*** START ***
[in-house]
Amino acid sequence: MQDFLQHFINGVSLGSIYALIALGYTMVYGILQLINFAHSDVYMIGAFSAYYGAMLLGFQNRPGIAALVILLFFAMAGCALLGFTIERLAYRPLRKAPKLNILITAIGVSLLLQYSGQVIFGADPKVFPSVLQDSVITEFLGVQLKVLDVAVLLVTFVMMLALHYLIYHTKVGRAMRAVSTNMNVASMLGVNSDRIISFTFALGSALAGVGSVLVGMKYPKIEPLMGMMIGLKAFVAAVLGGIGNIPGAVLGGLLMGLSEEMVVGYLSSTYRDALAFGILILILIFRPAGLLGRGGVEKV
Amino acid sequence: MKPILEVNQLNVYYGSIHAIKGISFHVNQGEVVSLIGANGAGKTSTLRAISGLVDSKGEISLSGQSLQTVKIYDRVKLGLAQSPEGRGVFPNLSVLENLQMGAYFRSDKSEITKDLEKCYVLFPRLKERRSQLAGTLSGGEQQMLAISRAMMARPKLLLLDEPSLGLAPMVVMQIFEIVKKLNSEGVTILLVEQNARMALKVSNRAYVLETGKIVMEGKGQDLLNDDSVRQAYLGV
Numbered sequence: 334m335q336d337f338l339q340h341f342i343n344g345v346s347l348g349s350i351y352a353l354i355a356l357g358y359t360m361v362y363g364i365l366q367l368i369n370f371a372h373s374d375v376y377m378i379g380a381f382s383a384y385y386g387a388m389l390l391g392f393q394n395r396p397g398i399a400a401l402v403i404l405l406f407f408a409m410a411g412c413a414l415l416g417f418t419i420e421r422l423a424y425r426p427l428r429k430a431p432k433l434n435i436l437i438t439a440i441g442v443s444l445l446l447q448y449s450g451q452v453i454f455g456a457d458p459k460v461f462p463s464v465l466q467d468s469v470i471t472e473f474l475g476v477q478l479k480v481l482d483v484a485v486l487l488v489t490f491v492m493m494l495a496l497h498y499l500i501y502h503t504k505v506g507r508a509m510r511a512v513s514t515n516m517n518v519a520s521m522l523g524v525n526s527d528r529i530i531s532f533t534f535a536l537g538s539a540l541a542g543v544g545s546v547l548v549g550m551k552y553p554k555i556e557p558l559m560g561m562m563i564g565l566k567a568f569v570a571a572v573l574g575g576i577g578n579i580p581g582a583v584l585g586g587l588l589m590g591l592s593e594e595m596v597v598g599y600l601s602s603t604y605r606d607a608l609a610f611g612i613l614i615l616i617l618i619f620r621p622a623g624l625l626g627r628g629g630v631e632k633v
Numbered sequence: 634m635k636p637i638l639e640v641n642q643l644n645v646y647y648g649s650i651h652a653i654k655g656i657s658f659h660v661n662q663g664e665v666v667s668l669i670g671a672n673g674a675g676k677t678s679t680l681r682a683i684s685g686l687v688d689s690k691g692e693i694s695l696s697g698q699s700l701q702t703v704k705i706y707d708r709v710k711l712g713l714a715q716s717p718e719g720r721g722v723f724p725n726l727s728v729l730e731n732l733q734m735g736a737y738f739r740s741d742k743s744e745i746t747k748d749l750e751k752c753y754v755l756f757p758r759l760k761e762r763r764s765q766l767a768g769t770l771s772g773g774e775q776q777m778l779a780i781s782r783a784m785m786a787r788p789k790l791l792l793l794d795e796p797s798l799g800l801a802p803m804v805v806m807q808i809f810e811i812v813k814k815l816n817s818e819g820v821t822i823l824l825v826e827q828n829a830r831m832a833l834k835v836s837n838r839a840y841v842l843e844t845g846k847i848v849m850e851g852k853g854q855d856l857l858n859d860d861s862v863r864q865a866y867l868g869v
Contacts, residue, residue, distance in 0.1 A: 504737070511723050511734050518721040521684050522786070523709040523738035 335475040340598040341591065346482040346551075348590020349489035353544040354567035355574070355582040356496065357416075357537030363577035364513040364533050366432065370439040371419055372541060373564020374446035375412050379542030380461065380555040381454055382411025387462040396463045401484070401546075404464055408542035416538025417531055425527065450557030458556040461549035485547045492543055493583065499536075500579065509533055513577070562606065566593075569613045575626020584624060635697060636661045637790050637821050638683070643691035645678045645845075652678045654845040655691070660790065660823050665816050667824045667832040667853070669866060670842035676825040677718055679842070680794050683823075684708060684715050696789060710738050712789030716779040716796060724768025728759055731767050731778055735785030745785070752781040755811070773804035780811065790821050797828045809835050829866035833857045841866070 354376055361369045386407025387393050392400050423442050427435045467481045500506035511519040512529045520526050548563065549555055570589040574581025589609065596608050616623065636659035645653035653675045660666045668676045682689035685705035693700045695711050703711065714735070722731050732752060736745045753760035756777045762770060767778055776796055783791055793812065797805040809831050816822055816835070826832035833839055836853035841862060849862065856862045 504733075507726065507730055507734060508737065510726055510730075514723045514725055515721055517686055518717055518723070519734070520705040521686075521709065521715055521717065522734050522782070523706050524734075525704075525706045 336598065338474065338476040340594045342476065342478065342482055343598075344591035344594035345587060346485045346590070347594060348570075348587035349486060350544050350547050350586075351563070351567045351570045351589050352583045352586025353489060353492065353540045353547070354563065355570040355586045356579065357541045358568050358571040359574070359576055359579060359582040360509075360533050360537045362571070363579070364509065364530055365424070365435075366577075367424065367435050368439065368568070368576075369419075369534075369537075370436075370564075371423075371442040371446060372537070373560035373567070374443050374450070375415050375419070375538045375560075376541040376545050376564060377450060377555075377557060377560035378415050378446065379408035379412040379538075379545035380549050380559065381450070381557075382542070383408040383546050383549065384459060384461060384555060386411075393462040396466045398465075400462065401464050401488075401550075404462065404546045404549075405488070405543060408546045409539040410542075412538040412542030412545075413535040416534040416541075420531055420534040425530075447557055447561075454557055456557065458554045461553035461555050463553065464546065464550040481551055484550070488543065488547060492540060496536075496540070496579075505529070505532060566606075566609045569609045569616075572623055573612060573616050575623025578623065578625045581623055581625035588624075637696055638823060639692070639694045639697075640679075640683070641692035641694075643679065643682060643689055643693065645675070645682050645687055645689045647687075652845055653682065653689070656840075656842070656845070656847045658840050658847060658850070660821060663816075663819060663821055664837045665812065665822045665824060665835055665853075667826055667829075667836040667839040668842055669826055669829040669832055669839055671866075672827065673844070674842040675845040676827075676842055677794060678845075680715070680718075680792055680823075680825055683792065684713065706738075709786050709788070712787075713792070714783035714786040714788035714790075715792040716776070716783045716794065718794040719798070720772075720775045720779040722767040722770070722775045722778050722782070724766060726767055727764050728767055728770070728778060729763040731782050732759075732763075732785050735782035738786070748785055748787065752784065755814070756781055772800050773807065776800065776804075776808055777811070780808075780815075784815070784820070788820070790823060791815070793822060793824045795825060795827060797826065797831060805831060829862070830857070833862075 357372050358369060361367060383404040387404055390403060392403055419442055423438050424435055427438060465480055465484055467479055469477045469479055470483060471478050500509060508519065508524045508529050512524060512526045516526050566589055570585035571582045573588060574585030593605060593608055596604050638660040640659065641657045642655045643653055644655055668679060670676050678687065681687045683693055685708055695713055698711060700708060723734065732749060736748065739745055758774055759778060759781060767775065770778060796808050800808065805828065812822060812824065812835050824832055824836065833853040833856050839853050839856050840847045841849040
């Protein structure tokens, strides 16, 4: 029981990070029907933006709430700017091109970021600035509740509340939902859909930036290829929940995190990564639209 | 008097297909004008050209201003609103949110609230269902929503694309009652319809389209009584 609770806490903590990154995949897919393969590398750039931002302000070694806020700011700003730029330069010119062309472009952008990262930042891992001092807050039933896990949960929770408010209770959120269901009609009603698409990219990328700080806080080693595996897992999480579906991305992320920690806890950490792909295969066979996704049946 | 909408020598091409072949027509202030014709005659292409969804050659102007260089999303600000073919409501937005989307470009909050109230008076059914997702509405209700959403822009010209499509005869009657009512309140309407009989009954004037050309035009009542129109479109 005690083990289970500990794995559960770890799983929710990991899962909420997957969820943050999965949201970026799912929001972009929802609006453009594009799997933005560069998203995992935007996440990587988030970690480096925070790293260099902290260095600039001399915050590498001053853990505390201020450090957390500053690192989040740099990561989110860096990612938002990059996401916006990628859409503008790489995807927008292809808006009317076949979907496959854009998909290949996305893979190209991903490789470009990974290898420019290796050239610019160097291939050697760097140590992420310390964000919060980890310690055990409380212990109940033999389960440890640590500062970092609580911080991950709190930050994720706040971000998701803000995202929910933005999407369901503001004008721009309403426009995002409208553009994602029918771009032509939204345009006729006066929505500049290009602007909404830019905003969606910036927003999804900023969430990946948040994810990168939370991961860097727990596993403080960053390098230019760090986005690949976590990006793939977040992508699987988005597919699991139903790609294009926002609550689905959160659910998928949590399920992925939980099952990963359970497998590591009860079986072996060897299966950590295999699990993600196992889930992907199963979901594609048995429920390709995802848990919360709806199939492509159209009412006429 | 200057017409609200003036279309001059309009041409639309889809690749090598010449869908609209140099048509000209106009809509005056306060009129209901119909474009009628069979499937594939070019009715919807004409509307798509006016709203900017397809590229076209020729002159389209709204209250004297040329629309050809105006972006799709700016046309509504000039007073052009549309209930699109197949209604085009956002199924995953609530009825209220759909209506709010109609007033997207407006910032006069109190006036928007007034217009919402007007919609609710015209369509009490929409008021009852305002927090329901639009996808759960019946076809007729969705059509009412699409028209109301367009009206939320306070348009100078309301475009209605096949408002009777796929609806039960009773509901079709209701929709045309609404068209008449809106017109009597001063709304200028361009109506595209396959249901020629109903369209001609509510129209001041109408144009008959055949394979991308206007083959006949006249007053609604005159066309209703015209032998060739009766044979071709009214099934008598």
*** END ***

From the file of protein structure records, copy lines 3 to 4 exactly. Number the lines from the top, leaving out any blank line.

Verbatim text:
Amino acid sequence: MKPILEVNQLNVYYGSIHAIKGISFHVNQGEVVSLIGANGAGKTSTLRAISGLVDSKGEISLSGQSLQTVKIYDRVKLGLAQSPEGRGVFPNLSVLENLQMGAYFRSDKSEITKDLEKCYVLFPRLKERRSQLAGTLSGGEQQMLAISRAMMARPKLLLLDEPSLGLAPMVVMQIFEIVKKLNSEGVTILLVEQNARMALKVSNRAYVLETGKIVMEGKGQDLLNDDSVRQAYLGV
Numbered sequence: 334m335q336d337f338l339q340h341f342i343n344g345v346s347l348g349s350i351y352a353l354i355a356l357g358y359t360m361v362y363g364i365l366q367l368i369n370f371a372h373s374d375v376y377m378i379g380a381f382s383a384y385y386g387a388m389l390l391g392f393q394n395r396p397g398i399a400a401l402v403i404l405l406f407f408a409m410a411g412c413a414l415l416g417f418t419i420e421r422l423a424y425r426p427l428r429k430a431p432k433l434n435i436l437i438t439a440i441g442v443s444l445l446l447q448y449s450g451q452v453i454f455g456a457d458p459k460v461f462p463s464v465l466q467d468s469v470i471t472e473f474l475g476v477q478l479k480v481l482d483v484a485v486l487l488v489t490f491v492m493m494l495a496l497h498y499l500i501y502h503t504k505v506g507r508a509m510r511a512v513s514t515n516m517n518v519a520s521m522l523g524v525n526s527d528r529i530i531s532f533t534f535a536l537g538s539a540l541a542g543v544g545s546v547l548v549g550m551k552y553p554k555i556e557p558l559m560g561m562m563i564g565l566k567a568f569v570a571a572v573l574g575g576i577g578n579i580p581g582a583v584l585g586g587l588l589m590g591l592s593e594e595m596v597v598g599y600l601s602s603t604y605r606d607a608l609a610f611g612i613l614i615l616i617l618i619f620r621p622a623g624l625l626g627r628g629g630v631e632k633v